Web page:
- Posted by Poston Communications
- On March 10, 2017
- Association of Corporate Counsel, communications, crisis
The Association of Corporate Counsel Georgia Chapter sponsored a special program to train in-house legal counsel to mitigate risk by taking the lead in preparing communication strategies as part of a comprehensive crisis response plan for turbulent times.
The Feb. 28 workshop taught key crisis operations with coordinating communications lessons through an interactive scenario, based on realistic experiences from the field. Presenters were GE Transportation Senior Counsel Evan Glover, Novelis Head of Global Security Buffy Christie, PWC Forensic Services Director Marissa Michel and myself.
Crisis Likelihood and Planning? Data Demonstrating Gaps in Preparation
According to the CEO Pulse on Crisis 2016, conducted by PwC, 65 percent of CEOs surveyed said they had experienced at least one crisis in the past three years and feel most vulnerable about their ability to gather information quickly and accurately during a crisis. More than half worry about communicating with external stakeholders in a crisis and a similar number have the same concerns when it comes to their own employees.
Workshop attendees also provided relevant and meaningful feedback on their crisis communications preparedness. Thirty-six percent of respondents said they had faced a significant crisis in the past year, yet only 25 percent indicated they had a strong crisis management background. More than 70 percent indicated that they had a crisis communications plan in place. However, when they looked at individual components of their plans, they discovered that more than half of the critical elements of an effective communications blueprint were missing.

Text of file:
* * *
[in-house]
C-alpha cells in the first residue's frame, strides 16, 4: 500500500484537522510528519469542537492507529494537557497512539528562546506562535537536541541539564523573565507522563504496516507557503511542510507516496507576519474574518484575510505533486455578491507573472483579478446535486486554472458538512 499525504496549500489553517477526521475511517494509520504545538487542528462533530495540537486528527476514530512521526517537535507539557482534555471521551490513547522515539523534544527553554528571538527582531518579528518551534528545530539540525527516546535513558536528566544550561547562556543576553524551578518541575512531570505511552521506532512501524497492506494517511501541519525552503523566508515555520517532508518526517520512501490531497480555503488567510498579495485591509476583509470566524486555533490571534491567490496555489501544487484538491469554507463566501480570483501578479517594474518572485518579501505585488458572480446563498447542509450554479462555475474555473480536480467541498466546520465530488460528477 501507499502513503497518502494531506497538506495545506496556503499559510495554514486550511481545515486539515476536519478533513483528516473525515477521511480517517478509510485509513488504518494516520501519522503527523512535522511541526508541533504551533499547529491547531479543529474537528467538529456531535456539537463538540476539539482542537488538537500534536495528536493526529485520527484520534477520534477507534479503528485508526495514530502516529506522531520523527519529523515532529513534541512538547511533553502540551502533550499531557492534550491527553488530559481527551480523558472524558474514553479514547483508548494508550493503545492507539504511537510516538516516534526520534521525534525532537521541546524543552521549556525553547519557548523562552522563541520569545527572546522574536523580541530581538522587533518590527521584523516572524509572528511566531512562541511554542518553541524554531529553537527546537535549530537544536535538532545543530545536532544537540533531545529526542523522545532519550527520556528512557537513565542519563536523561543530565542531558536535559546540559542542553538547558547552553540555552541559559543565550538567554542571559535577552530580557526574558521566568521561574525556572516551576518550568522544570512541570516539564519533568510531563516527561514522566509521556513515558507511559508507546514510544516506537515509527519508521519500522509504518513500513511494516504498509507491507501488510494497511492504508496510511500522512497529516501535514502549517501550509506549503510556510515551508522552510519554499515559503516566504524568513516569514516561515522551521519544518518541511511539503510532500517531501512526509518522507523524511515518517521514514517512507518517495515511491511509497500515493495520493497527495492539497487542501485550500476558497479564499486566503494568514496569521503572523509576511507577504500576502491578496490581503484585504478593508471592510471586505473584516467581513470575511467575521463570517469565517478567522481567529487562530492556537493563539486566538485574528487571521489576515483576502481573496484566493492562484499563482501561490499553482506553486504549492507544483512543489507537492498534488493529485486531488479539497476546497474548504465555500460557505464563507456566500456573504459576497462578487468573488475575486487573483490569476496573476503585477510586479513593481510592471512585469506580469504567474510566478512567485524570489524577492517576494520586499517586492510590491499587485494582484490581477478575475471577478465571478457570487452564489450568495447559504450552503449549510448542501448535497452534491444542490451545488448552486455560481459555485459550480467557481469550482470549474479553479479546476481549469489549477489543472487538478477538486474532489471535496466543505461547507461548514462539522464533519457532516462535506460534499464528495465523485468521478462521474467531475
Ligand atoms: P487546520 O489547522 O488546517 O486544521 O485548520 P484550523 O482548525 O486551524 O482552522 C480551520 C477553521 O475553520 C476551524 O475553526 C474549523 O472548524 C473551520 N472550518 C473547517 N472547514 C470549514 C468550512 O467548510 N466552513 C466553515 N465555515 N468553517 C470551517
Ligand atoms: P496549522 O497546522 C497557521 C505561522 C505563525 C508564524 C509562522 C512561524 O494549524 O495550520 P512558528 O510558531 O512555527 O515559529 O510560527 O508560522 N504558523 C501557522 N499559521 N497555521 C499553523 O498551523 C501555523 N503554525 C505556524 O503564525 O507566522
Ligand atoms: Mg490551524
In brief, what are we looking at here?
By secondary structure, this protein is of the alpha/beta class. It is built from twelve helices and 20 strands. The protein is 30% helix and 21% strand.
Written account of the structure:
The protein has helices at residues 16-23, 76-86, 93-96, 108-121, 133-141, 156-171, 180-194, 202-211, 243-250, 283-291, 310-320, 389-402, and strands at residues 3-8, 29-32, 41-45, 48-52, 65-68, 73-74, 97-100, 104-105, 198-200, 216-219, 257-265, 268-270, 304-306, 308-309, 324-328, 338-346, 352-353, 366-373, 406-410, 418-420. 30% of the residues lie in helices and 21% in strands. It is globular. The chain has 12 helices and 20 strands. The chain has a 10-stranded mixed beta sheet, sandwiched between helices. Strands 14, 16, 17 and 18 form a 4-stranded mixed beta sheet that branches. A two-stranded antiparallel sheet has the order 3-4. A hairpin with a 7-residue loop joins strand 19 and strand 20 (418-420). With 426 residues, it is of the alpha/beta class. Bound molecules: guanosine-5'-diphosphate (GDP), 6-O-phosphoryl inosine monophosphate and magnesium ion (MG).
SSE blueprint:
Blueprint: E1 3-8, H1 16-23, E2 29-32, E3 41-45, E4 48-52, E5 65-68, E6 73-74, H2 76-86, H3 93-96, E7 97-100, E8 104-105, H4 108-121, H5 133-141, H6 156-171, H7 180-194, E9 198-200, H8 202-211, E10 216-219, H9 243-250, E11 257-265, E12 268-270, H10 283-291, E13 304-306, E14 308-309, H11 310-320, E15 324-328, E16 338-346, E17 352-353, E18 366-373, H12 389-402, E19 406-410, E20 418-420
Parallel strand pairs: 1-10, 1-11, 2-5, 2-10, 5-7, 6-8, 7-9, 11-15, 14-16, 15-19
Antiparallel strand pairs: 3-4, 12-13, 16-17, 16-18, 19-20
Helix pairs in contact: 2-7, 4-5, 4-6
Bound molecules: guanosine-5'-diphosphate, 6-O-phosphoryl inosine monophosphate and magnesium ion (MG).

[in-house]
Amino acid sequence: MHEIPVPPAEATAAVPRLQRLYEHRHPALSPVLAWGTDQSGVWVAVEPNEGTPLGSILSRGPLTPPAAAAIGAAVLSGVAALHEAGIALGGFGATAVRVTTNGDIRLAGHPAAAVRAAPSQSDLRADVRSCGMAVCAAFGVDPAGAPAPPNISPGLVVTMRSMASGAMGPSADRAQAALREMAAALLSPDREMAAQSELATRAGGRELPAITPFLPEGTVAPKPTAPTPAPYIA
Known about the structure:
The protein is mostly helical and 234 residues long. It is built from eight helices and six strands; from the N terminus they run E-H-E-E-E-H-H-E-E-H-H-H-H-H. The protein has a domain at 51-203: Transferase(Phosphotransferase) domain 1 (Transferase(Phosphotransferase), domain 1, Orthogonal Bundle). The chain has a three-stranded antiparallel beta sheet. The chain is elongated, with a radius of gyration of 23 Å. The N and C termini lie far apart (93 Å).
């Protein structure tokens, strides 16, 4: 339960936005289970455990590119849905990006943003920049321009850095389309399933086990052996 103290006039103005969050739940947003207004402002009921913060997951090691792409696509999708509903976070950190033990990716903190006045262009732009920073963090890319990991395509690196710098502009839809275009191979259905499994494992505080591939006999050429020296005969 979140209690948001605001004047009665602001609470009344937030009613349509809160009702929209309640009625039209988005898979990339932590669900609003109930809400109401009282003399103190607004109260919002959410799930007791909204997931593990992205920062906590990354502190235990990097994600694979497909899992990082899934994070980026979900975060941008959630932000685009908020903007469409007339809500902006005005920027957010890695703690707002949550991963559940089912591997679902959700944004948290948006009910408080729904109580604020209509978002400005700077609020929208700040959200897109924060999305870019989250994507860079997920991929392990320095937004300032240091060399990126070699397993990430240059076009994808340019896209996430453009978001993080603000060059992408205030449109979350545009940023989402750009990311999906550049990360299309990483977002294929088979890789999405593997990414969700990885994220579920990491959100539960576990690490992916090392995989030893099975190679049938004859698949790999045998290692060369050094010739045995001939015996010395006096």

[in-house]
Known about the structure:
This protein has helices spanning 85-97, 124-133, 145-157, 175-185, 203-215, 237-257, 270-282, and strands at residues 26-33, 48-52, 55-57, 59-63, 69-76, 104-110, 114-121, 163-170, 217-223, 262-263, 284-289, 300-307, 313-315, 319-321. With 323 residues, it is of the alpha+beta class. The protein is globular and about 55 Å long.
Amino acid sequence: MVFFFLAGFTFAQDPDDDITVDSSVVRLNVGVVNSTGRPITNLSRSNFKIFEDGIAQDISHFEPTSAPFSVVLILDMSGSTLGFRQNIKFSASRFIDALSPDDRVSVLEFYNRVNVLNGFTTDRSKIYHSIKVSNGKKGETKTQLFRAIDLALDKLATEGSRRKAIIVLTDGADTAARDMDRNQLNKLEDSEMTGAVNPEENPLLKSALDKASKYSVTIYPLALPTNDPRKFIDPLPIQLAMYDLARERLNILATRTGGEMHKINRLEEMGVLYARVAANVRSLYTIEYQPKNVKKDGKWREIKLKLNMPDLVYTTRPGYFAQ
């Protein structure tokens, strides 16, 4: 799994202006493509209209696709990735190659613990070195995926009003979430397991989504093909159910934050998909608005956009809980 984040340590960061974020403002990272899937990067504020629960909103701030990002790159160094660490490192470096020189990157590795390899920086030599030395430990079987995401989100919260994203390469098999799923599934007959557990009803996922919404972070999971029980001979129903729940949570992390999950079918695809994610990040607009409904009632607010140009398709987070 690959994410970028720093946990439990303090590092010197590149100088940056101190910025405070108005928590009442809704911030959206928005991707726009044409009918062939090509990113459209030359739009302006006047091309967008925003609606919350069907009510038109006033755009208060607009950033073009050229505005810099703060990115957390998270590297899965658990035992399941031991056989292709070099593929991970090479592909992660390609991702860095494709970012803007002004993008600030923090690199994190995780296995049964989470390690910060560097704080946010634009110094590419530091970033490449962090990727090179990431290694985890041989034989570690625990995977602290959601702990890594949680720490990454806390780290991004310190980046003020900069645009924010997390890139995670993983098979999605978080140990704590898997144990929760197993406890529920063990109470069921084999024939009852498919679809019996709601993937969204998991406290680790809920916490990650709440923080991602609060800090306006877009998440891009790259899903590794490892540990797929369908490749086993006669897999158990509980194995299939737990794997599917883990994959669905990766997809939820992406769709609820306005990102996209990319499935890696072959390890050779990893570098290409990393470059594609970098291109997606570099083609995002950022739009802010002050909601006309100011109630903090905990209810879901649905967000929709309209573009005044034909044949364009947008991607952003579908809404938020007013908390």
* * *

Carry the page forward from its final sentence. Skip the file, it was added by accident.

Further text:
These responses suggest that businesses don’t always have a comprehensive crisis communications plan ready to implement once a crisis hits. And if they have one in place, there may be gaps in the core functions of the communications strategy.
Are Your Crisis Communications Ready?
A comprehensive crisis communications plan should include elements that answer key questions about your organization to help you plan for actual incidents and include recovery efforts that are linked directly back to rebuilding trust and reputation. The plan is not intended to direct legal or operational activities but does help to organize and guide them.
Elements of a Crisis Communications Plan
While there are many possible elements to a crisis communications plan, here is a starting point from which companies may begin their planning effort:
- Define what constitutes a crisis, the nature of a crisis, leadership’s role during a crisis and the cost of a crisis.
- Map relationships between legal and communications.
- Work together to protect your organization from a legal and reputation standpoint.
- Define additional crisis team members and departments.
- Choose related and necessary plans, such as operations.
- Select applicable crisis communications best practices.
- Establish policies and procedures.
- Determine and diagram possible risks and scenarios.
- Analyze audiences.
- Draft potential messaging.
- Select current and potential media tools and tactics.
- Prepare a media kit.
- Train spokespeople.
The participants of the workshop clearly understood the significance of timely and effective communications during a crisis incident. When asked to prioritize action steps for incident mitigation, 90 percent of respondents indicated that their first action would be to ensure public facing communications were developed and deployed. They recognized the significant impact that timely communication actions can make on the overall crisis and their role in leading those efforts.